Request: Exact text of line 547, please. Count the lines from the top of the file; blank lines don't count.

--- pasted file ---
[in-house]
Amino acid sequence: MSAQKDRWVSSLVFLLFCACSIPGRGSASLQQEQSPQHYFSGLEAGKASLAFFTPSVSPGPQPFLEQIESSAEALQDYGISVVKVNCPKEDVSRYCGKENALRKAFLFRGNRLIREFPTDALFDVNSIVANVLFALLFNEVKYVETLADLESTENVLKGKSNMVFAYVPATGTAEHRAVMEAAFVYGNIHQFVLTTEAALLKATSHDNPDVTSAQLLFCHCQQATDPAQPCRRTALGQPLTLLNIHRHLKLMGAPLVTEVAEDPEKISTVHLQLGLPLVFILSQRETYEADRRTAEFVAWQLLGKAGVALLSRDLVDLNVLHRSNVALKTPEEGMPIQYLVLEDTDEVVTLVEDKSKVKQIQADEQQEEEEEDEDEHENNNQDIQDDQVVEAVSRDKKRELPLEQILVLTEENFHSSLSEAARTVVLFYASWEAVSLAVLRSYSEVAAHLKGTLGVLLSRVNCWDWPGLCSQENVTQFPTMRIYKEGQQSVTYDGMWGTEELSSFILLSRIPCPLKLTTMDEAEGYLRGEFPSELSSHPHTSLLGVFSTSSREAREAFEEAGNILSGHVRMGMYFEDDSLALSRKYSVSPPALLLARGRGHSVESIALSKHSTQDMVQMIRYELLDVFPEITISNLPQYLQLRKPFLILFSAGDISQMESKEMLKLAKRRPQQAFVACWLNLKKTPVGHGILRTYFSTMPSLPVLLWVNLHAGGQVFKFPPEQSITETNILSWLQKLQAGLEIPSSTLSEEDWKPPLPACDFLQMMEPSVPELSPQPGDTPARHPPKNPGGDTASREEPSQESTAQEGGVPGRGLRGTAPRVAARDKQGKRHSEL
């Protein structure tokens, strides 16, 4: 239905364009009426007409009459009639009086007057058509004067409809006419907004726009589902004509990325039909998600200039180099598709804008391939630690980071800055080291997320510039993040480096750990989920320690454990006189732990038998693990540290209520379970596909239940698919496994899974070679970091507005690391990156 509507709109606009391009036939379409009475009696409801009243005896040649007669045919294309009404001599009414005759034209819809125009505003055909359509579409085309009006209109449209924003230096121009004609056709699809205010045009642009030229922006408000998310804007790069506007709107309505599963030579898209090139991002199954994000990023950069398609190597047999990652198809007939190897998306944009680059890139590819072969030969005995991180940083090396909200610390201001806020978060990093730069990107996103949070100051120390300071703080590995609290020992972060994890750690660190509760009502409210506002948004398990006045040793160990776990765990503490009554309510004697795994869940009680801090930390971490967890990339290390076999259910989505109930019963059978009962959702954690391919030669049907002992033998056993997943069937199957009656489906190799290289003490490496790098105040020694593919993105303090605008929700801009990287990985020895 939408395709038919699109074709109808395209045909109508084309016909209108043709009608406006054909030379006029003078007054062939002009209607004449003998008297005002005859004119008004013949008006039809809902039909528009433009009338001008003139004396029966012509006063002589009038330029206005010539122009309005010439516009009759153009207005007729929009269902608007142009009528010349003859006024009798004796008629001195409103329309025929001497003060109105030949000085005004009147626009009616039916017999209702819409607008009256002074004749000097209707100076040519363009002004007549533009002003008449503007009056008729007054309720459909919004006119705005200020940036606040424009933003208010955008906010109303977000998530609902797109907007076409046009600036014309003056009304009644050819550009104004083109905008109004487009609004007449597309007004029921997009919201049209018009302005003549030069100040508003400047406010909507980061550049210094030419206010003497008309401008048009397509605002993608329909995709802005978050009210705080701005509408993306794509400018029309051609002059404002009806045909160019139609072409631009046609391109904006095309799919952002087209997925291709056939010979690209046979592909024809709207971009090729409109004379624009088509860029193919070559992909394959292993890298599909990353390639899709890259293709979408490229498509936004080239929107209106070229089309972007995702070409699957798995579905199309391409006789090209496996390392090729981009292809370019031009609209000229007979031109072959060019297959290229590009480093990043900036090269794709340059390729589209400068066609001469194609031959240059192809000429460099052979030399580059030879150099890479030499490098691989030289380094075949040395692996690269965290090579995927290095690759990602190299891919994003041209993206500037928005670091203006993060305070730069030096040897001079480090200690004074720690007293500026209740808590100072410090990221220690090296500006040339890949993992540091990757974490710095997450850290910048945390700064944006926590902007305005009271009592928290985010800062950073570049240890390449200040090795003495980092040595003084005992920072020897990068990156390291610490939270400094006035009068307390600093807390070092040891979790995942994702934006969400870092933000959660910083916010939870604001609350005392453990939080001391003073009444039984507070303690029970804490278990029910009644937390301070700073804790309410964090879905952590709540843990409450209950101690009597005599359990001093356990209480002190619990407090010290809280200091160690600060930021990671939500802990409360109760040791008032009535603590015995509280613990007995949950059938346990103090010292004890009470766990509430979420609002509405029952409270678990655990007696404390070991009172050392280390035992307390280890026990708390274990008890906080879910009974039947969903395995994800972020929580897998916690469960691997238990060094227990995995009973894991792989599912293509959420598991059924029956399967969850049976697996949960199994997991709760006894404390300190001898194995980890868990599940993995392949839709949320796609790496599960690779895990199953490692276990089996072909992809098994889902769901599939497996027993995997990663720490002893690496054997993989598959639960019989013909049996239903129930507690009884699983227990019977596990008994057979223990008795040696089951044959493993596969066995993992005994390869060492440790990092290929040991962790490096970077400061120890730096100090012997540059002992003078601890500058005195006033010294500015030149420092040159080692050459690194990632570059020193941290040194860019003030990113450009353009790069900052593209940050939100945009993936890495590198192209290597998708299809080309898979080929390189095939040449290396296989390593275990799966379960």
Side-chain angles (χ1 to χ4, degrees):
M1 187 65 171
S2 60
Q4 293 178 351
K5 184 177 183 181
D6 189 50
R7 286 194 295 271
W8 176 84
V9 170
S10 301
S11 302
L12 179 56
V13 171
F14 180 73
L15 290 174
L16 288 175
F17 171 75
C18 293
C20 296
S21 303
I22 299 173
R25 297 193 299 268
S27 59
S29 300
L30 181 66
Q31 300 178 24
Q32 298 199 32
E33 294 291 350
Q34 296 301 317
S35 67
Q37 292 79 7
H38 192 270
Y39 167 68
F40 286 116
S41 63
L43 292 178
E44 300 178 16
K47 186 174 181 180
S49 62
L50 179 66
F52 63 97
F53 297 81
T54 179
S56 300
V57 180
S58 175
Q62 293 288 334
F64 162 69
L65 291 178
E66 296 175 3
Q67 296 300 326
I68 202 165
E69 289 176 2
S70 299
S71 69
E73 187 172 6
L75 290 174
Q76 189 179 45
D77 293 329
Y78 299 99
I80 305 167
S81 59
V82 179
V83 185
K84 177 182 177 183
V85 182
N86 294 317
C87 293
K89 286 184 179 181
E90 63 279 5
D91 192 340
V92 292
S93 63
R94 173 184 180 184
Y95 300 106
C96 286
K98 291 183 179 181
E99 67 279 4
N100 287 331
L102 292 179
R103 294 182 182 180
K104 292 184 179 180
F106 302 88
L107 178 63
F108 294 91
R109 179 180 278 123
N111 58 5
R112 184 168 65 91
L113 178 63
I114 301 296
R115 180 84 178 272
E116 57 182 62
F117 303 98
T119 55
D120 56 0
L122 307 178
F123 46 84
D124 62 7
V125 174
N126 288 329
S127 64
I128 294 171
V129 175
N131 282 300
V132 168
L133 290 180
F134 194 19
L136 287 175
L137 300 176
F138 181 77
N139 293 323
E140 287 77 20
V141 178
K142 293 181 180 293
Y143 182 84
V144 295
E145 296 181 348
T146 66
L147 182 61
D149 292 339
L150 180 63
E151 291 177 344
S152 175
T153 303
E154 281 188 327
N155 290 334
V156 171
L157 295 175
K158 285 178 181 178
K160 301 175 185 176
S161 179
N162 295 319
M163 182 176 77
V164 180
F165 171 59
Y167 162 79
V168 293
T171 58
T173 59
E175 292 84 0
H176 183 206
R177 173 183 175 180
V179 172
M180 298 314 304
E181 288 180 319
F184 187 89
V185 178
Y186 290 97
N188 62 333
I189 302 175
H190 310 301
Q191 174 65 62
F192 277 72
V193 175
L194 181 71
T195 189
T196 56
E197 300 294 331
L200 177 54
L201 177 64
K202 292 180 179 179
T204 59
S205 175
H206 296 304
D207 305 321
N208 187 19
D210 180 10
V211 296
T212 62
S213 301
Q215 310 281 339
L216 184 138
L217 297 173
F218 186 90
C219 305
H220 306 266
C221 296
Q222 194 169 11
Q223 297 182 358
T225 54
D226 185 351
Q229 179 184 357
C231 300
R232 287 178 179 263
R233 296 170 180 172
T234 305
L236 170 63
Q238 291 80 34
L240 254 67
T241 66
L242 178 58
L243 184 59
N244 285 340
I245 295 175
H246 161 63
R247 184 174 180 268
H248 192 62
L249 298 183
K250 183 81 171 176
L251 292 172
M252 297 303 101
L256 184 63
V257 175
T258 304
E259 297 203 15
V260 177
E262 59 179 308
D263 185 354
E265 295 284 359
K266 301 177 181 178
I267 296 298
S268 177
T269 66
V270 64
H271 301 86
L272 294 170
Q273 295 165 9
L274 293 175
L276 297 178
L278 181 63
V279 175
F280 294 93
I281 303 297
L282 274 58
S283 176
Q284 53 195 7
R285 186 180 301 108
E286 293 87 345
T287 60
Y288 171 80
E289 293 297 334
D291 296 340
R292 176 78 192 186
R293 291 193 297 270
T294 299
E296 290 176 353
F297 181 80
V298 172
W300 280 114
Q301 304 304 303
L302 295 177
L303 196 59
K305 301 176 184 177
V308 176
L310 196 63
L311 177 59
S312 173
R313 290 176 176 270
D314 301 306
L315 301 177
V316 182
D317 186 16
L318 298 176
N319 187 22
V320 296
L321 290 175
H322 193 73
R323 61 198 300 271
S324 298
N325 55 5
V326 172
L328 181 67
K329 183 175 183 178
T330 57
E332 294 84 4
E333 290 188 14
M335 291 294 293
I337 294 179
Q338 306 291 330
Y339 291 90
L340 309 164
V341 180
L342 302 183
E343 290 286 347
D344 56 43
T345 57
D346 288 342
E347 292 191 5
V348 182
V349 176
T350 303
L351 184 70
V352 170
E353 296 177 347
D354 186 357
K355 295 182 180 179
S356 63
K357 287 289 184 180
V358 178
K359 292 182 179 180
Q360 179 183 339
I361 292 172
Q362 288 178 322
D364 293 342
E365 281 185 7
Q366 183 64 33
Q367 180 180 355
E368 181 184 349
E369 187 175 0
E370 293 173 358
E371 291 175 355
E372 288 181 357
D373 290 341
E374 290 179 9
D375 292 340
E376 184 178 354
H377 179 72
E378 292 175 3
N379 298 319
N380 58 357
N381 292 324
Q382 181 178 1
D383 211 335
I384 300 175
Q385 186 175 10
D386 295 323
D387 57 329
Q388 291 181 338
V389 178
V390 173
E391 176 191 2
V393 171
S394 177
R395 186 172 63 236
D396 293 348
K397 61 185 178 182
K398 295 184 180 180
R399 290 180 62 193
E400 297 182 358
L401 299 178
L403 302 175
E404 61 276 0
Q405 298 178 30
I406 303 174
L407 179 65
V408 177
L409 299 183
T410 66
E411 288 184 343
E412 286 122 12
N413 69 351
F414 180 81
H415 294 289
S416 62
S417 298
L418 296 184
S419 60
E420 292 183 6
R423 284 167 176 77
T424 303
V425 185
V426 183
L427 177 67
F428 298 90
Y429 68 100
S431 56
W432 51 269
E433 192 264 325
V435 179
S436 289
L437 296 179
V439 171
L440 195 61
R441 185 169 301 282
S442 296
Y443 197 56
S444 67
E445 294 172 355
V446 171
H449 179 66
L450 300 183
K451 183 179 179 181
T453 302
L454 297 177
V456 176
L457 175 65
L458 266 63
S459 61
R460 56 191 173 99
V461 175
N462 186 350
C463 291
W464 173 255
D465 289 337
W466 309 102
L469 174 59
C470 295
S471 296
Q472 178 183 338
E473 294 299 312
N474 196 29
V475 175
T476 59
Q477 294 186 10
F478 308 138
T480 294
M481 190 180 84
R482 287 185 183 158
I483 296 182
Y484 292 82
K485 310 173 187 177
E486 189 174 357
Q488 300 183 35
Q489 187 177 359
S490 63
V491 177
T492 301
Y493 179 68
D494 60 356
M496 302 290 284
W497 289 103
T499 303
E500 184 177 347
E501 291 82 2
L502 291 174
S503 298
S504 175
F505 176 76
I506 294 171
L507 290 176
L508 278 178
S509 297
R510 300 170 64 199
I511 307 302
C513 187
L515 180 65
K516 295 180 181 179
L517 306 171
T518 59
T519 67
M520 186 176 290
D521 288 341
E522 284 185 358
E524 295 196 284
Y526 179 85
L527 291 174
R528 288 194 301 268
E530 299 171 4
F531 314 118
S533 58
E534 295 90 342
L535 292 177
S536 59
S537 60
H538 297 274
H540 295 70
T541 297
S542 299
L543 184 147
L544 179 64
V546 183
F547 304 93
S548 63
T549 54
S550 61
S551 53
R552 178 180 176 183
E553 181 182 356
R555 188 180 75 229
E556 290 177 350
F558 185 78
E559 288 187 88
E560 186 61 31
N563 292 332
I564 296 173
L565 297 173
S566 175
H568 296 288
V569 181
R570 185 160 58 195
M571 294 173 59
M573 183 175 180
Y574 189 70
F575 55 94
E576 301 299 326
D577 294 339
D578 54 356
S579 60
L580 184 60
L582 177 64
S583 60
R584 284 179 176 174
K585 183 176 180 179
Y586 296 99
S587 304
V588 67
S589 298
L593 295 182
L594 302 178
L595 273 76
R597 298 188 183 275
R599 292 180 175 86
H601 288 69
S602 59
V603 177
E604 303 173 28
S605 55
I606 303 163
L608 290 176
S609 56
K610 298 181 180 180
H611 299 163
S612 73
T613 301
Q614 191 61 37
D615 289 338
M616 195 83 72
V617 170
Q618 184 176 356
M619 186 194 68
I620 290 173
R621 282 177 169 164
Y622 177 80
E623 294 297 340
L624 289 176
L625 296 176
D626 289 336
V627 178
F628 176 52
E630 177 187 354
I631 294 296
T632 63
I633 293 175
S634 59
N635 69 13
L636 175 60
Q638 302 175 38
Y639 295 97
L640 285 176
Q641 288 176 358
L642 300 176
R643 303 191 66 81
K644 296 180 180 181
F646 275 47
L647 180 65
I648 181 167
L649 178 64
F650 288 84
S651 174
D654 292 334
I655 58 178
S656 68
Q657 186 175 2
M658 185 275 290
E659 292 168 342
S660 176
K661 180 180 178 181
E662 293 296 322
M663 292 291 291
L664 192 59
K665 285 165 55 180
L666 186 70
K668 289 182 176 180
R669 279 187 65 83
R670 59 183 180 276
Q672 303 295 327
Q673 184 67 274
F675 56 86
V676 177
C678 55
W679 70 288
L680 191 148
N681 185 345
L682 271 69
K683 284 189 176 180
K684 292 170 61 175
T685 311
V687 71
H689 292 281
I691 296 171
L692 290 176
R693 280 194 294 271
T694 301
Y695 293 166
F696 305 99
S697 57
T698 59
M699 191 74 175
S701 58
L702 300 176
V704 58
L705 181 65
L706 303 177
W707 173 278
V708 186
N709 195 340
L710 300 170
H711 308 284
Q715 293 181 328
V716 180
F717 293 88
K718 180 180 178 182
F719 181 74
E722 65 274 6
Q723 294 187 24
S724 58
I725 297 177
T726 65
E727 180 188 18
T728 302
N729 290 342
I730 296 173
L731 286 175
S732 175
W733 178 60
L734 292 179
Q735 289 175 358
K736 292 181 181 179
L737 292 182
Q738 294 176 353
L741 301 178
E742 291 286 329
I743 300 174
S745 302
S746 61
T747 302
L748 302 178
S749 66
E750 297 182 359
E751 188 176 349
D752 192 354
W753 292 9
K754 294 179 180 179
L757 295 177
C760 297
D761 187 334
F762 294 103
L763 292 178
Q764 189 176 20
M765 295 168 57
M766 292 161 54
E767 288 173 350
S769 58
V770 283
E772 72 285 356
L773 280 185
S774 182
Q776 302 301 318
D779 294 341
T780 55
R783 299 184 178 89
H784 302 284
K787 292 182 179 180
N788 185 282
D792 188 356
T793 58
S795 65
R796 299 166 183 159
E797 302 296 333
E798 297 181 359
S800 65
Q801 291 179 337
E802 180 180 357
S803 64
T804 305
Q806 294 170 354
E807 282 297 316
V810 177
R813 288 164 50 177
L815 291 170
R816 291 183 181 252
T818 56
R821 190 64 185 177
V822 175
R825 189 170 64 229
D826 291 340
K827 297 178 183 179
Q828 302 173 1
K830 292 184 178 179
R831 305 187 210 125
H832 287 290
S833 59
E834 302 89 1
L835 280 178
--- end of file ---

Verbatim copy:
M658 185 275 290